Democracy Now! September 11, 2001 (interrupted by news)

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Democracy Now! September 11, 2001 (interrupted by news)
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THANKSGIVING SPECIAL: NATIVE AMERICAN ACTIVIST LEONARD PELTIER SPEAKS FROM PRISON Archbishop Desmond Tutu says he should be freed. Amnesty International calls him a political prisoner. The FBI says he's a cold blooded murderer. Today an hour with jailed Native American activist Leonard Peltier, who is in a race against time as he seeks to obtain executive clemency from President Bill Clinton in his last month of office. On February 27, 1973, members of the American Indian Movement, or AIM, together with a number of local Native Americans began their seventy-two day occupation of Wounded Knee. They were protesting injustices against their tribes, violations of treaties, and current abuses and repression against their people. The United States government responded with a military style assault against the protesters. Throughout the next three years, long referred to by local Native Americans as the "Reign of Terror," the FBI carried out intensive local surveillance, as well as the repeated arrests, harassment and legal proceedings against AIM leaders and supporters. The FBI also closely collaborated with and supported the local tribal chairperson, Dick Wilson, and his selected vigilantes, the "Guardians of the Oglala nation, also known by the acronym "GOONS." During this period, some sixty-four local Native Americans were killed. Three hundred were harassed or beaten. No one was prosecuted. In May of 1975 the FBI began a sizable build up of its agents, mostly SWAT members, on the reservation. SWAT teams from numerous divisions were designated for special assignment at Pine Ridge. A June 1975 FBI memo referred to the potential need for military assault forces to deal with AIM members. The SHOOTOUT On June 26, 1975 two FBI agents, Jack Coler and Ron Williams, entered the Jumping Bull Ranch in South Dakota. The FBI says they were seeking to arrest a young Native American man they believed they had seen riding in a red pick up truck. A large number of AIM supporters were camping on the property at the time. The more than thirty men, women and children on the property were surrounded by more than 150 FBI agents, SWAT team members, BIA police and local posse members, and barely escaped through a hail of bullets. When the gun fight ended, a Native American named Joe Stuntz lay dead. His killing was never investigated. The two FBI agents Coler and Williams were also dead. They had been wounded in the gun fight and then shot point blank through the head by a still unidentified assailant. THE VERDICTS Leonard Peltier and two fellow AIM members Dino Butler and Bob Robideau were charged with first degree murder. Butler and Robideau stood trial separately from Peltier, who had fled to Canada, saying he didn't believe he would receive a fair trial in the United States. The two men were found not guilty by reason of self defense. Shortly after, Leonard Peltier was extradited from Canada based on an affidavit signed by Myrtle Poor Bear, a local Native American woman known to have serious mental problems. She claimed to have been Peltier's girl friend at the time and to have witnessed the murders. But according to Peltier and others at the scene, Myrtle Poor Bear didn't know Peltier, nor was she present at the time of the shooting. She later confessed she had given the false statement after being pressured and threatened by FBI agents Myrtle Poor Bear attempted to testify about the FBI intimidation at Leonard Peltier's trial. But the judge barred her testimony on the grounds of mental incompetence. When Leonard Peltier came to trial, the witnesses that placed Peltier, Robideau and Butler near the crime scene later said they were intimidated by the FBI. There is no forensic evidence as to the exact type of rifle used to commit the murders. Several different weapons present in the area during the shootout could have caused the fatal injuries. There was more than one AR-15 in the area at the time of the shoot out. The AR-15 rifle claimed to be Peltier's was found to be incompatible with the bullet casing near the agents' car. Although other bullets were fired at the crime scene, no other casings or evidence about them were offered by the Prosecutor's office. Nonetheless, Leonard Peltier was convicted of the murders and sentenced to two consecutive life sentences. At Peltier's trial the prosecutor wrapped up his case by saying ".... we proved that he went down to the bodies and executed those two young men at point blank range ...." But at the appellate hearing, the government attorney conceded "We had a murder, we had numerous shooters, we do not know who specifically fired what killing shots...we do not know, quote unquote, who shot the agents." Guests: President Bill Clinton, in an interview with Democracy Now! Ramsey Clark, former US Attorney General, Attorney for Leonard Peltier. Leonard Peltier, in a Democracy Now! interview from prison conducted on June 9th. The Native American leader has spent the last 24 years of his life in prison, mainly at the Federal Penitentiary at Leavenworth. He was convicted of the June 26,1975 murders of two FBI agents on the Jumping Bull Ranch in Pine Ridge, South Dakota. He continues to maintain his innocence. Related link: Free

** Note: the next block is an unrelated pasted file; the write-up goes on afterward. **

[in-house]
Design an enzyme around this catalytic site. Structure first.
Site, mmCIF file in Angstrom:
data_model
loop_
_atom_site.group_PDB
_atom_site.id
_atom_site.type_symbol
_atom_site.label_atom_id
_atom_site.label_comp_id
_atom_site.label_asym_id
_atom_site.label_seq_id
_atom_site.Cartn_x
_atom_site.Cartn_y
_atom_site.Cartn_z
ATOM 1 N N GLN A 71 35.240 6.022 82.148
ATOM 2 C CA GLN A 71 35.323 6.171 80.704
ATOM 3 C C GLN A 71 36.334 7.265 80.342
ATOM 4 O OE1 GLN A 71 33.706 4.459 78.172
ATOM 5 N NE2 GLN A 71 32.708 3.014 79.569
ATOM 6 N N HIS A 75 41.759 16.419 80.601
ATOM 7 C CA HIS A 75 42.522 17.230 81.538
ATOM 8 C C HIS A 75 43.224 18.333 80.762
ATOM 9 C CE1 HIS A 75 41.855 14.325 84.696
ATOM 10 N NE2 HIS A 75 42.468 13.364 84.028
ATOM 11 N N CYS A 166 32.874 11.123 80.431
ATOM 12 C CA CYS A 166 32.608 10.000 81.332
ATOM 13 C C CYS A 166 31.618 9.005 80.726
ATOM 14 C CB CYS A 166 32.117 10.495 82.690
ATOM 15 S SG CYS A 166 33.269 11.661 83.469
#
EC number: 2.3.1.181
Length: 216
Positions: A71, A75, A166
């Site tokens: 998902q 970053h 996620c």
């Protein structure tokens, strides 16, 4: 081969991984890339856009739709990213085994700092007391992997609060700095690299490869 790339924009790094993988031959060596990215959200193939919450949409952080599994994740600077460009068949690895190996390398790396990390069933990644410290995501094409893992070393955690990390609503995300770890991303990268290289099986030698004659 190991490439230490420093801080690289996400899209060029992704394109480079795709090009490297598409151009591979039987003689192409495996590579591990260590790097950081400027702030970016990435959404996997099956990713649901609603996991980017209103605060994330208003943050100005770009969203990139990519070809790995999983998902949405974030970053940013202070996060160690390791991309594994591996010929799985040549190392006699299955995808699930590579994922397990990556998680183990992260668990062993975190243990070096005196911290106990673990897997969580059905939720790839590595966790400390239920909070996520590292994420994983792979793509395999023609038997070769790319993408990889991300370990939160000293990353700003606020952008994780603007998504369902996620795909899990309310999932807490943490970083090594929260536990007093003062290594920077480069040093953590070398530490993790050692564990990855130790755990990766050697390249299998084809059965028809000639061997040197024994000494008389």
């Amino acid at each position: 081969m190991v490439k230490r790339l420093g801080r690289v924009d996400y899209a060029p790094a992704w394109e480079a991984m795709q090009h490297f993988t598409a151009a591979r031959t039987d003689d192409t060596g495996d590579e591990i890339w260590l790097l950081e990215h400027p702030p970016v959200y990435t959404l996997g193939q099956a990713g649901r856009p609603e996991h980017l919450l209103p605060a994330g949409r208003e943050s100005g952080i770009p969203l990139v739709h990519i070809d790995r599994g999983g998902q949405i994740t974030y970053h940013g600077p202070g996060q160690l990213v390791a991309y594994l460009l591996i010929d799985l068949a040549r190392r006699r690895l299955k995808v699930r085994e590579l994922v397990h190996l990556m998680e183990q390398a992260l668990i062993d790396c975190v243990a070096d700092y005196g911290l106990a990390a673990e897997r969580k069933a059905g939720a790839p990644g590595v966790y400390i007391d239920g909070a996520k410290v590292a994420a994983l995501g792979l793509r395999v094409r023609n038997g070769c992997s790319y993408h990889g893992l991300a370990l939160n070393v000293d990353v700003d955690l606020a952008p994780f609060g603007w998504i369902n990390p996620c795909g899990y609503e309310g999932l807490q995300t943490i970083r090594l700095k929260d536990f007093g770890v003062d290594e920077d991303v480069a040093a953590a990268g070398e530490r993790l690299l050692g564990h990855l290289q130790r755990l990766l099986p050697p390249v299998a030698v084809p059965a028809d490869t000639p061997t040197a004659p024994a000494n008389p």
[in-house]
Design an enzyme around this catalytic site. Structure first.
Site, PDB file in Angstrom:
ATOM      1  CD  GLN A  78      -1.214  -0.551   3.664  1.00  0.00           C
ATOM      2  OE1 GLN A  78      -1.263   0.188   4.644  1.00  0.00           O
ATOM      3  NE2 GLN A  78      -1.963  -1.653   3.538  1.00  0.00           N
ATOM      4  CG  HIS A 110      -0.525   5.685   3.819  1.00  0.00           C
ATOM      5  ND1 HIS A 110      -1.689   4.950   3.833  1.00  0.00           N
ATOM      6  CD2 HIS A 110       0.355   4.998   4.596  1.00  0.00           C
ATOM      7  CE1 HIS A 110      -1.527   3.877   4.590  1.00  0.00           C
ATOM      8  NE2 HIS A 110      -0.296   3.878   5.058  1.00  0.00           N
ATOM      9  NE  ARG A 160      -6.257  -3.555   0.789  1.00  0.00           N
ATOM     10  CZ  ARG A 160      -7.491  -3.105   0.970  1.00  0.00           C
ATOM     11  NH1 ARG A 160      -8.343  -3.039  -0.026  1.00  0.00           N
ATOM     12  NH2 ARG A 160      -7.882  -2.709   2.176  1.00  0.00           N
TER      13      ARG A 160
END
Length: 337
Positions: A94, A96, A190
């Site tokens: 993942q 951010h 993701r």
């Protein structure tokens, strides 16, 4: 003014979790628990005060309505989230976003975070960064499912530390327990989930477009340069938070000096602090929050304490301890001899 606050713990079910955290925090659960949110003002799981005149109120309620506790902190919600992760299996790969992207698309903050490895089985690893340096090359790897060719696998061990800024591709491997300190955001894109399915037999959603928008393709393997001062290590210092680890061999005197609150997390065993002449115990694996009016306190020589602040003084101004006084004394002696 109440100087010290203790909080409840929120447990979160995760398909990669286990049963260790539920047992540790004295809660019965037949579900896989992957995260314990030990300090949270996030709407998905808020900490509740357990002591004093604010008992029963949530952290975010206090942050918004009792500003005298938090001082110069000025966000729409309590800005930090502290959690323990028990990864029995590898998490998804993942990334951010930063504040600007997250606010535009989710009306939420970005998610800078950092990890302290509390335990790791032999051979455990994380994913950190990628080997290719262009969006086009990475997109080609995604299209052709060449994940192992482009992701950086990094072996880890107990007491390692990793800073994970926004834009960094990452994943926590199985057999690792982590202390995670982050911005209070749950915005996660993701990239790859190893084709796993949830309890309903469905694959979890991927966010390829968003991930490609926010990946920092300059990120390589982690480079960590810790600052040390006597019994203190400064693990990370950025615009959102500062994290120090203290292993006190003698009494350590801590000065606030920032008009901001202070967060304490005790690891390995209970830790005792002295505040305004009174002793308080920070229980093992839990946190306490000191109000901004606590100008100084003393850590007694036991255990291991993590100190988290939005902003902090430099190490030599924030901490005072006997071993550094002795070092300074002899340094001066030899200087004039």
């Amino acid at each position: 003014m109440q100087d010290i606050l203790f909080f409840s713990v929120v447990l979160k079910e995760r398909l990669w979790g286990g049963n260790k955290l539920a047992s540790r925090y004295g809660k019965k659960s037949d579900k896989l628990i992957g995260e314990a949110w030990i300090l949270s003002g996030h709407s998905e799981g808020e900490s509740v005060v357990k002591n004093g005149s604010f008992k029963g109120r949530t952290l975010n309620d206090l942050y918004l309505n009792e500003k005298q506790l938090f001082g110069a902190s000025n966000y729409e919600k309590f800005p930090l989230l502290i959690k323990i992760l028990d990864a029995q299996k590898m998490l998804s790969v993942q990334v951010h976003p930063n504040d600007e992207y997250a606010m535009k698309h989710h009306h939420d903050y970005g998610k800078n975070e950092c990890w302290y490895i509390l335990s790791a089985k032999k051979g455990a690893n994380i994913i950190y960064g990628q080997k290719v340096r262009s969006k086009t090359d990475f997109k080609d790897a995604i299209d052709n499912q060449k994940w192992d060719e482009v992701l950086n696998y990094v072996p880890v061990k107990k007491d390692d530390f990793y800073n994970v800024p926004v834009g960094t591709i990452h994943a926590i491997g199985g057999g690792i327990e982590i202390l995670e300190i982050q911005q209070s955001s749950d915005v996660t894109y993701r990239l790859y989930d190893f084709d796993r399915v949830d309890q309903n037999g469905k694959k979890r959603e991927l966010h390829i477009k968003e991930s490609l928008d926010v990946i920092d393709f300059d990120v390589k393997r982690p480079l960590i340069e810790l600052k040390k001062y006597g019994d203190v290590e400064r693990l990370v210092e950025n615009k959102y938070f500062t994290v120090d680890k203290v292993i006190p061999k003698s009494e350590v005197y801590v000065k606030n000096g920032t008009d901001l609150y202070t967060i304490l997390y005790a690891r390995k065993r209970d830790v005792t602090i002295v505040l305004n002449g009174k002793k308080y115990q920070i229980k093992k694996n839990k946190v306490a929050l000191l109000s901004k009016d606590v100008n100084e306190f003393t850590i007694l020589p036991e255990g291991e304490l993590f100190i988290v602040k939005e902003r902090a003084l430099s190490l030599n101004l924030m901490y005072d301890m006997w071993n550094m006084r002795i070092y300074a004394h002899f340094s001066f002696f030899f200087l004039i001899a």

Date Recorded on: 
September 11, 2001
Date Broadcast on: 
September 11, 2001 (interrupted by news)
Item duration: 
59 min.
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WPFW; Amy Goodman, host. September 11, 2001
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